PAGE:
Other reasons given were practical – people who need visas for their visit were unsure when processing would start again while some people who had cancelled several trips already over the past year decided to wait until things were more certain before booking again.

Others wanted to wait until things like cafés and museums have fully reopened while a small number were put off by French health rules including mask-wearing.

Kate Gooderham, Florida: “We plan to travel in September. We will want to be sure places are open so we can freely travel and won’t be locked down!”

Reasons for visiting

While the majority of people who answered were travelling for holidays, there was also a significant number of second-home owners and people who had family members in France who they have not been able to see in more than a year, since travel from outside the EU Bloc was suspended in March 2020.

Maine resident Janet Caner said: “My son, daughter-in-law and granddaughter live in France. I have not been able to visit them since October. I will be on a plane the minute the borders open.”

Denise McCauley of Ann Arbor, Michigan, also plans to travel as soon as possible, saying: “I can’t wait to see my grandson in Vincennes!”

Lynn Crosby, who usually splits her time between Los Angeles and Paris, simply added: “I haven’t seen my husband in over a year!”

Fiona Engebretson, of Washington, is particularly determined to get here, saying: “We bought a house near Eymet in January of 2020 and planned to move permanently to France this summer for retirement.

“We’ve had a two-year plan to make it happen and we’re going to do it no matter what.”

Many thanks to everyone who took the time to answer our questionnaire, it was lovely to hear from so many people keen to return to France. You can find the latest on the travel situation in our Travelling to France section.

Member comments

  1. The question remains: When will Long-stay visitor visas be available again. If the Local can find a definitive answer to that question, you will be idolized.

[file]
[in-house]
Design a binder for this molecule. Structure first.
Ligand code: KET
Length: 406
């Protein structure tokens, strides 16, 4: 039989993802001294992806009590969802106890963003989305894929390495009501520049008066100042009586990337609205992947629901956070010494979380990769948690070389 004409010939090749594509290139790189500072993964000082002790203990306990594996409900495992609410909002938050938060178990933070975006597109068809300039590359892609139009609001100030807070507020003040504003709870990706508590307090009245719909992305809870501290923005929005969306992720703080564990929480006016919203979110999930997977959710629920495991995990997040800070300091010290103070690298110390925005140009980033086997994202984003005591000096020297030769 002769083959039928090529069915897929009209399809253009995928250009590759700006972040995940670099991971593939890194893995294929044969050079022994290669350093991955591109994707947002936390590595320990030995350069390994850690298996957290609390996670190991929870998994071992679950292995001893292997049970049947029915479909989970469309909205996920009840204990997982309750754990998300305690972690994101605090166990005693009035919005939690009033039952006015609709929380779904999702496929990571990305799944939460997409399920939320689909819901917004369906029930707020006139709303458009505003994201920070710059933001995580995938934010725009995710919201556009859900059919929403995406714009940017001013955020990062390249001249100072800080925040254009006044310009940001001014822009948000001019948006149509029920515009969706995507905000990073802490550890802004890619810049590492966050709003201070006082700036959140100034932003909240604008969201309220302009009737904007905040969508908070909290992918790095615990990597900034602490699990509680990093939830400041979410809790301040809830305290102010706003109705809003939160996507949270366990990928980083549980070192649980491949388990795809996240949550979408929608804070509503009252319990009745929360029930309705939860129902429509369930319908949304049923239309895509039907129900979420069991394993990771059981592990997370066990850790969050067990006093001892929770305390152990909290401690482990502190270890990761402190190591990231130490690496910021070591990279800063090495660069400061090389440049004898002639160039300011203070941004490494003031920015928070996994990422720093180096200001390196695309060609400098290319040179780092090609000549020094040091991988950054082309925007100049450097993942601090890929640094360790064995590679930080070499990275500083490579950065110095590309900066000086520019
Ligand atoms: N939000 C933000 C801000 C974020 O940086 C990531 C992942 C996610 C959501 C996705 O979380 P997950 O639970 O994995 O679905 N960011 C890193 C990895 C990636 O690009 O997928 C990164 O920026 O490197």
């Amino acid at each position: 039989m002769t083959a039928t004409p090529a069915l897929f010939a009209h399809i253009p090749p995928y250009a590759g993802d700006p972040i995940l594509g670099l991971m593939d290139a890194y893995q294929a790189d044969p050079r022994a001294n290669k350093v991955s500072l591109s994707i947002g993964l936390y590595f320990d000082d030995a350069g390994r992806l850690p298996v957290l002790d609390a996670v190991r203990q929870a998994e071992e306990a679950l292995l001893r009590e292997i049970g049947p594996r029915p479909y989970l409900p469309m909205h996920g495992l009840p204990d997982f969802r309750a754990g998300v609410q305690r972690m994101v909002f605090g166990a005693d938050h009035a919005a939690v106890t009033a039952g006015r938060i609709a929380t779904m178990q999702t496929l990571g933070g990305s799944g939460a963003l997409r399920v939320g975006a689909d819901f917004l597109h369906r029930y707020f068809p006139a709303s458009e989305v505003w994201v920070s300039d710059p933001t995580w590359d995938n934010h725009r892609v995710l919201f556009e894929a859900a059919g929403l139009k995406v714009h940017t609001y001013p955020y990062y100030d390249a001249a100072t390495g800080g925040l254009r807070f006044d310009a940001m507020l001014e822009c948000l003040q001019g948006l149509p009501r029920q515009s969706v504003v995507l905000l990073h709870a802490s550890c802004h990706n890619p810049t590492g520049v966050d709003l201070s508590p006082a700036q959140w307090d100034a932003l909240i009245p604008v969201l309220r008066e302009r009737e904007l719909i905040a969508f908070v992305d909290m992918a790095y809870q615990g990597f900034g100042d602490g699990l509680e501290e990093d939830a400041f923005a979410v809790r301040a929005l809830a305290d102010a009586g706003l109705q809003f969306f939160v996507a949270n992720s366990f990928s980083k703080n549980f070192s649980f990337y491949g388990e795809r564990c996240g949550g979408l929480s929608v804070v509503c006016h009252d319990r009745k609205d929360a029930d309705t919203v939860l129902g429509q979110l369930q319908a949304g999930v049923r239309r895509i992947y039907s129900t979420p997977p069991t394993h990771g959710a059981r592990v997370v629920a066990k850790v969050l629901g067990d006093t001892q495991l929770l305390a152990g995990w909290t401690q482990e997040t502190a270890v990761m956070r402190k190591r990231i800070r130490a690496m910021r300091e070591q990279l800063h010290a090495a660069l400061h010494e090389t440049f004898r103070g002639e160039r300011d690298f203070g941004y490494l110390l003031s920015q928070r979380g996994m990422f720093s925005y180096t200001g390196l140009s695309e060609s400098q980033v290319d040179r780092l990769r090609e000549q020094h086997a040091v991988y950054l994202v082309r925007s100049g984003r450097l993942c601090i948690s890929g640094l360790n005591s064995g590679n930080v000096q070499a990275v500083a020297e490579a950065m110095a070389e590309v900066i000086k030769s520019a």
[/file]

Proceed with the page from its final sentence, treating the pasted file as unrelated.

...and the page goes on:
2. I agree with Baw– an article on this and resident visas for Americans would be great. I have a flight out on June 9th and hope they accept the CDC card (I am bringing other verification as well). An article–as soon as you know- regarding how to upload for the pass would be good too.

  3. I am curious to see if the French will take their normal grandes vacances in August or will they keep their businesses open for the much missed tourism.

    1. August is sacrosanct for the French (like Christmas for Britons and Americans) – and ‘la joie de vivre’/family-time always comes ahead of business. Therefore, I would not count on this August being any different from any other in terms of smalltown stores, public builidings, etc being closed for the month, usually with a hand-written note on the door saying: “En congé, bonnes vacances à tous, réouverture le 31 août”. On the other hand, tourist-linked businesses should be open for business ‘as usual’ (most COVID restrictions due to be removed on 30th June).

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6 European cities less than seven hours from France by train

Looking to travel outside of France this summer, but want to avoid flying? Take advantage of France's excellent high-speed train network to explore Europe.

6 European cities less than seven hours from France by train

Train travel has all sorts of advantages – it’s better for the environment and journeys usually end in the centre of the city you want to visit, rather than in an airport several kilometres away.

The journey time is of course longer, but this isn’t always a bad thing – take some time to relax, drink in the view (and some decent wine that you can bring on board with you – no 100ml liquid limit on trains), enjoy a good book or binge on a box set and the journey becomes part of your holiday.

Here’s our pick of the European cities that have direct train links from France, with all journeys coming in at under seven hours. We’ve provided a price guide, but obviously prices change depending on when you travel and when you book.

Paris to Munich

There are typically at least 10 direct trains taking the 684 km trip from Paris to Munich each day. On average, the journey takes about seven and a half hours, but the fastest version of the journey can be as little as five hours and 45 minutes. 

How much? Prices depend on the season and time of day, but the average ticket cost is €105. 

Are other transportation options more affordable? By plane, Google Flights says that the average cost is between €55 to €150. In contrast, however, the flight time is about an hour and a half. If you were to drive, it would take eight hours and 48 minutes. At the time of writing, this trip would cost between €135 to €165 euro for fuel.